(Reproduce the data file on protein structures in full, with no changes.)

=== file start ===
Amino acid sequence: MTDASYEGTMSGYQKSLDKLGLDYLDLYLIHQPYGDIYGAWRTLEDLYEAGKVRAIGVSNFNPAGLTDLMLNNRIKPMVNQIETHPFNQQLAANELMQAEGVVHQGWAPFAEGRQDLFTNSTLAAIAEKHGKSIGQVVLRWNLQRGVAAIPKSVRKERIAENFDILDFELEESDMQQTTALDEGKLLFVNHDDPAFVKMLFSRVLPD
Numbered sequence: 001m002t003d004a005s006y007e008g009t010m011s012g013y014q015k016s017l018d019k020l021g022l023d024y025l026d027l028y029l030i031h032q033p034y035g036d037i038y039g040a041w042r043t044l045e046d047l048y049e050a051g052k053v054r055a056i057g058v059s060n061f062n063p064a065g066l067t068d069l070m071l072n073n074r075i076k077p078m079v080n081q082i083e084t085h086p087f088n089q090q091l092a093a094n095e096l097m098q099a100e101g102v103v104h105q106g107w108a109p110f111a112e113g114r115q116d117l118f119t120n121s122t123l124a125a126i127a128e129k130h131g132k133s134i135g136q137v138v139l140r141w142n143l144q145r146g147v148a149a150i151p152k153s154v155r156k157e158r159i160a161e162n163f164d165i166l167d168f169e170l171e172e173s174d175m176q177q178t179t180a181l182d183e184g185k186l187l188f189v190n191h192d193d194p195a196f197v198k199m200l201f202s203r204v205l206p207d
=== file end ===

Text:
Amino acid sequence: MTDASYEGTMSGYQKSLDKLGLDYLDLYLIHQPYGDIYGAWRTLEDLYEAGKVRAIGVSNFNPAGLTDLMLNNRIKPMVNQIETHPFNQQLAANELMQAEGVVHQGWAPFAEGRQDLFTNSTLAAIAEKHGKSIGQVVLRWNLQRGVAAIPKSVRKERIAENFDILDFELEESDMQQTTALDEGKLLFVNHDDPAFVKMLFSRVLPD
Numbered sequence: 001m002t003d004a005s006y007e008g009t010m011s012g013y014q015k016s017l018d019k020l021g022l023d024y025l026d027l028y029l030i031h032q033p034y035g036d037i038y039g040a041w042r043t044l045e046d047l048y049e050a051g052k053v054r055a056i057g058v059s060n061f062n063p064a065g066l067t068d069l070m071l072n073n074r075i076k077p078m079v080n081q082i083e084t085h086p087f088n089q090q091l092a093a094n095e096l097m098q099a100e101g102v103v104h105q106g107w108a109p110f111a112e113g114r115q116d117l118f119t120n121s122t123l124a125a126i127a128e129k130h131g132k133s134i135g136q137v138v139l140r141w142n143l144q145r146g147v148a149a150i151p152k153s154v155r156k157e158r159i160a161e162n163f164d165i166l167d168f169e170l171e172e173s174d175m176q177q178t179t180a181l182d183e184g185k186l187l188f189v190n191h192d193d194p195a196f197v198k199m200l201f202s203r204v205l206p207d